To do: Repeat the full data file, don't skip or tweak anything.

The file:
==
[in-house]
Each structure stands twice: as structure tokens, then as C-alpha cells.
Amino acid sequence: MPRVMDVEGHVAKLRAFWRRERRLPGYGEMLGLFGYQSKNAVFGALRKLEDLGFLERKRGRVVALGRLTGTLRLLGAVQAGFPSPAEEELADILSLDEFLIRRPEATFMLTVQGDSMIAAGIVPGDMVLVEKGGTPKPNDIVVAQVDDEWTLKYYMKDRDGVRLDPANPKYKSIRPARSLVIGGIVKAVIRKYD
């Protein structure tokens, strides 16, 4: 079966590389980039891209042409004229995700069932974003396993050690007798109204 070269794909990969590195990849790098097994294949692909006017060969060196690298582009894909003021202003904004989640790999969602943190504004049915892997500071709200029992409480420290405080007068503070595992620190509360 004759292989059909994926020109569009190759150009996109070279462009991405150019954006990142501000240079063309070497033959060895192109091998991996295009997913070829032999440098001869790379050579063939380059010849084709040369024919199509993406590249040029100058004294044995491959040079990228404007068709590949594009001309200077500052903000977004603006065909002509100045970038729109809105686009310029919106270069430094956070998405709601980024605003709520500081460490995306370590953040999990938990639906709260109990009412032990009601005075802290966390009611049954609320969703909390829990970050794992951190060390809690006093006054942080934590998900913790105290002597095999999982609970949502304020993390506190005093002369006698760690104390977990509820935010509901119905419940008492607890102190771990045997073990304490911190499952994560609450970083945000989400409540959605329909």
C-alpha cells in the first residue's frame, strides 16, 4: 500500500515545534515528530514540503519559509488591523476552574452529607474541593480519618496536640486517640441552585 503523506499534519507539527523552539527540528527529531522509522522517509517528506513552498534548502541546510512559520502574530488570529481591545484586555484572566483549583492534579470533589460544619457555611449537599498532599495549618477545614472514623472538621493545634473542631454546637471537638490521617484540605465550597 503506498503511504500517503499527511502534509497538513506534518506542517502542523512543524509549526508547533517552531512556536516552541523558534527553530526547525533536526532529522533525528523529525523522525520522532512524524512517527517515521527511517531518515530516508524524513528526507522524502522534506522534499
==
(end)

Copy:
[in-house]
Each structure stands twice: as structure tokens, then as C-alpha cells.
Amino acid sequence: MPRVMDVEGHVAKLRAFWRRERRLPGYGEMLGLFGYQSKNAVFGALRKLEDLGFLERKRGRVVALGRLTGTLRLLGAVQAGFPSPAEEELADILSLDEFLIRRPEATFMLTVQGDSMIAAGIVPGDMVLVEKGGTPKPNDIVVAQVDDEWTLKYYMKDRDGVRLDPANPKYKSIRPARSLVIGGIVKAVIRKYD
């Protein structure tokens, strides 16, 4: 079966590389980039891209042409004229995700069932974003396993050690007798109204 070269794909990969590195990849790098097994294949692909006017060969060196690298582009894909003021202003904004989640790999969602943190504004049915892997500071709200029992409480420290405080007068503070595992620190509360 004759292989059909994926020109569009190759150009996109070279462009991405150019954006990142501000240079063309070497033959060895192109091998991996295009997913070829032999440098001869790379050579063939380059010849084709040369024919199509993406590249040029100058004294044995491959040079990228404007068709590949594009001309200077500052903000977004603006065909002509100045970038729109809105686009310029919106270069430094956070998405709601980024605003709520500081460490995306370590953040999990938990639906709260109990009412032990009601005075802290966390009611049954609320969703909390829990970050794992951190060390809690006093006054942080934590998900913790105290002597095999999982609970949502304020993390506190005093002369006698760690104390977990509820935010509901119905419940008492607890102190771990045997073990304490911190499952994560609450970083945000989400409540959605329909």
C-alpha cells in the first residue's frame, strides 16, 4: 500500500515545534515528530514540503519559509488591523476552574452529607474541593480519618496536640486517640441552585 503523506499534519507539527523552539527540528527529531522509522522517509517528506513552498534548502541546510512559520502574530488570529481591545484586555484572566483549583492534579470533589460544619457555611449537599498532599495549618477545614472514623472538621493545634473542631454546637471537638490521617484540605465550597 503506498503511504500517503499527511502534509497538513506534518506542517502542523512543524509549526508547533517552531512556536516552541523558534527553530526547525533536526532529522533525528523529525523522525520522532512524524512517527517515521527511517531518515530516508524524513528526507522524502522534506522534499